so i played a couple of games being an SL, i had over 100+hrs on the game and most of the time i'm just playing medic or grenadier. Now i tried it its kinda hard, i dont know most the call outs, its really hard to listen to squad comms and SL comms at the same time specially when i'm in the middle of the action. i tried asking my members just like this way "I dont want to be squad lead for real can somebody go for it?" they replied that "you're actually doing pretty well, not that well but your a decent SL" so guys i'm asking can you gave me some advice.
Cheesy_LeScrub posted a topic in General DiscussionGood morning Squadmates, It's time for me to present to you the Cheesy Tactical Guide for SQUAD - 2nd Edition. If you're unfamiliar with the Cheesy Tactical Guide, you can check this link for the first version The Cheesy Tactical Guide is my approach to SQUAD. It is an exposition of the procedures, techniques, strategies, and tactics that I employ to make my experience of SQUAD the best that it can be--for myself and for my team. And, as if I am quoting the past to myself, this Guide only includes approximately a third of the content that I initially set out to cover. Literally. This is Chapter One of what I intend to be a three-part series. Those of you familiar with the first edition of the Guide will note that the Chapters on Basic Leadership and the Formula for Success (the infamous ***-Section) are absent. Indeed. I haven't completed them yet. They should have been completed a few months ago. But, rest assured, they are on the way. The Guide, as I mentioned last time, is absolutely a labour of love. Hopefully you guys enjoy it as much as I enjoyed the whisky required for creating it! Happy reading and happy hunting. See you on the field! @YoMma @Usgu @unfrail @Nightstalker21 Cheers, Cheese.
SKIP for gameplay: https://youtu.be/oUEHLTuWyAw?t=517 Added mich auf Steam, dann können wir gemeinsam zocken und spaß haben :) - no homo YT: https://www.youtube.com/channel/UCv0I_D0YIl9ZWppwwuWXe1A Steam: https://steamcommunity.com/id/Fynnjhardt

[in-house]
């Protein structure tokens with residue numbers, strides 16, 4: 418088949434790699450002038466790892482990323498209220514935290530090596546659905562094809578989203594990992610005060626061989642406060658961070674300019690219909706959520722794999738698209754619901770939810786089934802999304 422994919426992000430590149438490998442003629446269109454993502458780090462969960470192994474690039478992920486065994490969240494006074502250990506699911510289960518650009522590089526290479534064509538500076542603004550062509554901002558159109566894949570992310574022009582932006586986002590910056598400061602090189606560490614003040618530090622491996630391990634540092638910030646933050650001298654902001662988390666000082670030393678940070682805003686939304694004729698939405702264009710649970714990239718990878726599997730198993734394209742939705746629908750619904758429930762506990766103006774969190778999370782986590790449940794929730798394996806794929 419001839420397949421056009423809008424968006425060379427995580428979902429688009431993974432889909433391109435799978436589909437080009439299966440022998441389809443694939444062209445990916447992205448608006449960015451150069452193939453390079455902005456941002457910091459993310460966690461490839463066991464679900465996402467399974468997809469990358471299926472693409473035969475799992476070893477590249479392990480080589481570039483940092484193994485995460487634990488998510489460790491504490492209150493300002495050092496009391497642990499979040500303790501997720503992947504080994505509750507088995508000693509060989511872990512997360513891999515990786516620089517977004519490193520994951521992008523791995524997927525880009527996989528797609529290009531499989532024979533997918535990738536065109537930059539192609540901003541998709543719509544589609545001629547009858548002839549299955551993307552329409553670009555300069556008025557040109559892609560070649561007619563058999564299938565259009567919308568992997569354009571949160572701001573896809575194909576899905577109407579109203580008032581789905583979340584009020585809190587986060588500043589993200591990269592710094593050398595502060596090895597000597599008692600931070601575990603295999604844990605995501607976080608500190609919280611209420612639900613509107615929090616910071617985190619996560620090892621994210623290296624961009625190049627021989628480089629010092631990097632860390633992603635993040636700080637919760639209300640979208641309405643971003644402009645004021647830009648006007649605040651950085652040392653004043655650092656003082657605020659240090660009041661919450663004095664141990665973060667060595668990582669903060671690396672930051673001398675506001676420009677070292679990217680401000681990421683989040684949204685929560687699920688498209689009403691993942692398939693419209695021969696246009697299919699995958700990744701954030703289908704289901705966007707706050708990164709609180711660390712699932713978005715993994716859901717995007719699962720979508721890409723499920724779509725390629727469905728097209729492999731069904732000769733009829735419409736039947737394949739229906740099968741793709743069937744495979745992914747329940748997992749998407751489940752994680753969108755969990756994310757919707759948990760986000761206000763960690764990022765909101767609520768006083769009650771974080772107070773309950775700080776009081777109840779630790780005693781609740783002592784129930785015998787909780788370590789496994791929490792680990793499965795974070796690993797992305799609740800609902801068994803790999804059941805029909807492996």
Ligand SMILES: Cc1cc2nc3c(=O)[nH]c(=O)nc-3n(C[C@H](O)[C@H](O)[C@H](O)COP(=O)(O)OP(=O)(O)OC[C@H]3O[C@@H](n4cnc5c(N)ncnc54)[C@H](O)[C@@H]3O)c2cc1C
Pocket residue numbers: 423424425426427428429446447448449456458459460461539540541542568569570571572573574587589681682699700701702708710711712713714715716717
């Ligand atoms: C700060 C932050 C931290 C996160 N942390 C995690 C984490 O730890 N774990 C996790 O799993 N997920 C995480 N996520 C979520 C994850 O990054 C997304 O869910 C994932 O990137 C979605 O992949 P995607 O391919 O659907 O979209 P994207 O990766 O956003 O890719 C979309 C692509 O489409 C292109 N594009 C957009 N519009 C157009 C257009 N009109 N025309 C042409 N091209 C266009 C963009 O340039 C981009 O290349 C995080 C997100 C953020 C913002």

Hello Providing some observations on squad leading functionality here. I enjoy the SL role and feel the game gives just enough feedback (supplemented with squad communication) to be effective. We will see when the vehicles come into play and things get complicated. Opinions inbound! Feedback: +Keep the new incremental map zoom! Its a great feature and very much appreciated +I like the kit restrictions - Can we keep the zoom level that I closed the map on, the same when I open the map up again, on both the quick map and the enter/spawn selection map? I notice at times it reverts (minor issue) - Can we see, like in PR, the current kit of the Squad member next to their name in a small legend on the quick map (non spawn screen)? besides W, caps lock (re-binded quick map) is my most pressed button and allows me to see and digest information quickly as compared to opening the spawn screen. - Can we see (as a SL) on the map which members are wounded via a change in the icon? This takes away some realism but If I wanted to know what the status of my squad is, and they are not communicating, i can glance at the quick map and review who is up an about as compared to in the "downed state" -I have noticed that squad members can see other squad leaders' marks on the map. This is OK, but only for enemy intel markers. All the other BLUFOR related (green) icons should be squad internal or at most, squad internal and SL to SL for communication purposes. Just reduces clutter and the question of which sword icon you talking about? -I have filed a bug report on this one a few times, my avatar's physical location on the games terrain is not always synchronized with where the map shows my Icon. Some games, in some modes, on some maps, its about 50-100m off the mark. This has been around since the SL package opened at least. Its surmountable but very disorienting. -I have difficulty placing icons on the map when my cursor is near other icons or players. When my cursor comes near one, it blanks and cancels my action. Its VERY difficult to place enemy intel in a hurry in a CQB fight when I have to zoom all the way in to place it. Test it out yourself, again, its surmountable but very annoying. SLs! Do not get so caught up in the moment you are not dropping enemy intel markers on the map! Especially fobs! G is SL chat! See you in game, I play on Europe servers, Squad name is usually (EN)NEWBROS WELCOME For the Emperor. ^_^